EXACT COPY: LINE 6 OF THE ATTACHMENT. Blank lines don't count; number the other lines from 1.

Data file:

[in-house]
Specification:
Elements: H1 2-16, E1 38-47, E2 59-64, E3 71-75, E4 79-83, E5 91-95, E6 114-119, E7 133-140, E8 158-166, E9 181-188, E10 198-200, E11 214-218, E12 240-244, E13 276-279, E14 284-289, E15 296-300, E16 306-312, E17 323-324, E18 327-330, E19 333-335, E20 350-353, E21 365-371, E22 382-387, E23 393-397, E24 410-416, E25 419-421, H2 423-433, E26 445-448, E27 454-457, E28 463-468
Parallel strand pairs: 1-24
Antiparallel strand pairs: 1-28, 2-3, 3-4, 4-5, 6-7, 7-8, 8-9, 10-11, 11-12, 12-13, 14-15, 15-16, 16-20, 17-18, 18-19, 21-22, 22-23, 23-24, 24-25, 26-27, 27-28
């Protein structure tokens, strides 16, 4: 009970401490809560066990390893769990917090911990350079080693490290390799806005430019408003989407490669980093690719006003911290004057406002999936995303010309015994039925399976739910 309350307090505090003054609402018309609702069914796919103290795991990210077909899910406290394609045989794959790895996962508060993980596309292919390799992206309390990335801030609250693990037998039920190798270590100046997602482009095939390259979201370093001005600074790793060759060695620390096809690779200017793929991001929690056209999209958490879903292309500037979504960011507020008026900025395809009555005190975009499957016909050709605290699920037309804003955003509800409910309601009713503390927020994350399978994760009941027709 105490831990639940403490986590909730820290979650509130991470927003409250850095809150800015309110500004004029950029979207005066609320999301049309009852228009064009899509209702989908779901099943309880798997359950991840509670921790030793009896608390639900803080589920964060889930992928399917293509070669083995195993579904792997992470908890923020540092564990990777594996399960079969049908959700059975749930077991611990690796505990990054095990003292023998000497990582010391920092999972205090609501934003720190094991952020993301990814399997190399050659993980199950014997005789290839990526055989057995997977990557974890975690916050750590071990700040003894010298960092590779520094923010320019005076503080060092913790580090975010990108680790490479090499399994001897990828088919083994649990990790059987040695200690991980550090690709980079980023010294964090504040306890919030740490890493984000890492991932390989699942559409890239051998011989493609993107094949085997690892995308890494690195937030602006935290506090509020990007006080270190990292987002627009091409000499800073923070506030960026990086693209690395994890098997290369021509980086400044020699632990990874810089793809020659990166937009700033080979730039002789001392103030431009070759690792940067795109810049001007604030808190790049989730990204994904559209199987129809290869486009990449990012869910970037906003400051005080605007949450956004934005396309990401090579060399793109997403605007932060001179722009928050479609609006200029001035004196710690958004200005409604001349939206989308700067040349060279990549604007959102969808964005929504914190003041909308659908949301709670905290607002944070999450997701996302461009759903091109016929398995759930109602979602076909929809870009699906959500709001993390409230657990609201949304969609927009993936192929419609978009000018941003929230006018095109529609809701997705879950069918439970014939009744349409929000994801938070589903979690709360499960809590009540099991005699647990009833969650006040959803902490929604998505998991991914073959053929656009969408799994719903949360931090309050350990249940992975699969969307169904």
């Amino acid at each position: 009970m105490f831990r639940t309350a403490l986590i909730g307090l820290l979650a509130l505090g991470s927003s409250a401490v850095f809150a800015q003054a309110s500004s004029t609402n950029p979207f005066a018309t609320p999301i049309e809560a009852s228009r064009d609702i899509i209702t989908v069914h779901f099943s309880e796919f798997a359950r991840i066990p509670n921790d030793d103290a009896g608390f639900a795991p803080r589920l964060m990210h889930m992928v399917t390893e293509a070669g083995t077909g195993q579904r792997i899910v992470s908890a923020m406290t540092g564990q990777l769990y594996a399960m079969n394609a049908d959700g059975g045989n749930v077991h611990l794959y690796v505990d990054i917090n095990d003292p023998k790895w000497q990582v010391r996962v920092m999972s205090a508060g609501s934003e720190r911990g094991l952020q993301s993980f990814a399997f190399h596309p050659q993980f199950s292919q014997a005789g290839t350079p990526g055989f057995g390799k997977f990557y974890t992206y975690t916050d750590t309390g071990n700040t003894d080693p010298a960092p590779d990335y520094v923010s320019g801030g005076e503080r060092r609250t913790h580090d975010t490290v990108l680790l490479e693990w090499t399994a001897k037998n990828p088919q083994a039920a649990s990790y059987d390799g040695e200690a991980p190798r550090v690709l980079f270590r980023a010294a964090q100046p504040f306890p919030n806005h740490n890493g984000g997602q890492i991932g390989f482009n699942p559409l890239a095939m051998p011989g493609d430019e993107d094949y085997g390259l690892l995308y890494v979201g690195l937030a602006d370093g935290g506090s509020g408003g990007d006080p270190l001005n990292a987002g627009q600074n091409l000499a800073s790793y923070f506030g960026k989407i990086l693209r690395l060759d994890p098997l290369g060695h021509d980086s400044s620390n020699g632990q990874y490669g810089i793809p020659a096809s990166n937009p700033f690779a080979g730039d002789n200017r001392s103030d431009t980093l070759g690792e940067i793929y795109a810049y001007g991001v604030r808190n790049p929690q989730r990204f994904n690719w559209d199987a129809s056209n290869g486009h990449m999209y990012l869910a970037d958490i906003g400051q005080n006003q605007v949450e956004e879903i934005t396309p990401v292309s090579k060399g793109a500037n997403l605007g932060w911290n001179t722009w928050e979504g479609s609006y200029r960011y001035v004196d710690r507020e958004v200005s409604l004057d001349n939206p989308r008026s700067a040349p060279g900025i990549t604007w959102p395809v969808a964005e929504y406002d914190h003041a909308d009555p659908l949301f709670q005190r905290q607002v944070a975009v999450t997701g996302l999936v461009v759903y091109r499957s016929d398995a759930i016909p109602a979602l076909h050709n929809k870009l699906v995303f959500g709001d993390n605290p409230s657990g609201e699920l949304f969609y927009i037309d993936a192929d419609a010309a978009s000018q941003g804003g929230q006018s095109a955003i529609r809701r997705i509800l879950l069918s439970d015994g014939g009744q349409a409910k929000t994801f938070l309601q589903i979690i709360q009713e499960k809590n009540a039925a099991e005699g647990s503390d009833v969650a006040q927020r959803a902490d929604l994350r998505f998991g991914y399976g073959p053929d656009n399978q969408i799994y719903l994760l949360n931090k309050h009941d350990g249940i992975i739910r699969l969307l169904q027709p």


């Protein structure tokens, strides 16, 4: 009970401490809560066990390893769990917090911990350079080693490290390799806005430019408003989407490669980093690719006003911290004057406002999936995303010309015994039925399976739910 309350307090505090003054609402018309609702069914796919103290795991990210077909899910406290394609045989794959790895996962508060993980596309292919390799992206309390990335801030609250693990037998039920190798270590100046997602482009095939390259979201370093001005600074790793060759060695620390096809690779200017793929991001929690056209999209958490879903292309500037979504960011507020008026900025395809009555005190975009499957016909050709605290699920037309804003955003509800409910309601009713503390927020994350399978994760009941027709 105490831990639940403490986590909730820290979650509130991470927003409250850095809150800015309110500004004029950029979207005066609320999301049309009852228009064009899509209702989908779901099943309880798997359950991840509670921790030793009896608390639900803080589920964060889930992928399917293509070669083995195993579904792997992470908890923020540092564990990777594996399960079969049908959700059975749930077991611990690796505990990054095990003292023998000497990582010391920092999972205090609501934003720190094991952020993301990814399997190399050659993980199950014997005789290839990526055989057995997977990557974890975690916050750590071990700040003894010298960092590779520094923010320019005076503080060092913790580090975010990108680790490479090499399994001897990828088919083994649990990790059987040695200690991980550090690709980079980023010294964090504040306890919030740490890493984000890492991932390989699942559409890239051998011989493609993107094949085997690892995308890494690195937030602006935290506090509020990007006080270190990292987002627009091409000499800073923070506030960026990086693209690395994890098997290369021509980086400044020699632990990874810089793809020659990166937009700033080979730039002789001392103030431009070759690792940067795109810049001007604030808190790049989730990204994904559209199987129809290869486009990449990012869910970037906003400051005080605007949450956004934005396309990401090579060399793109997403605007932060001179722009928050479609609006200029001035004196710690958004200005409604001349939206989308700067040349060279990549604007959102969808964005929504914190003041909308659908949301709670905290607002944070999450997701996302461009759903091109016929398995759930109602979602076909929809870009699906959500709001993390409230657990609201949304969609927009993936192929419609978009000018941003929230006018095109529609809701997705879950069918439970014939009744349409929000994801938070589903979690709360499960809590009540099991005699647990009833969650006040959803902490929604998505998991991914073959053929656009969408799994719903949360931090309050350990249940992975699969969307169904």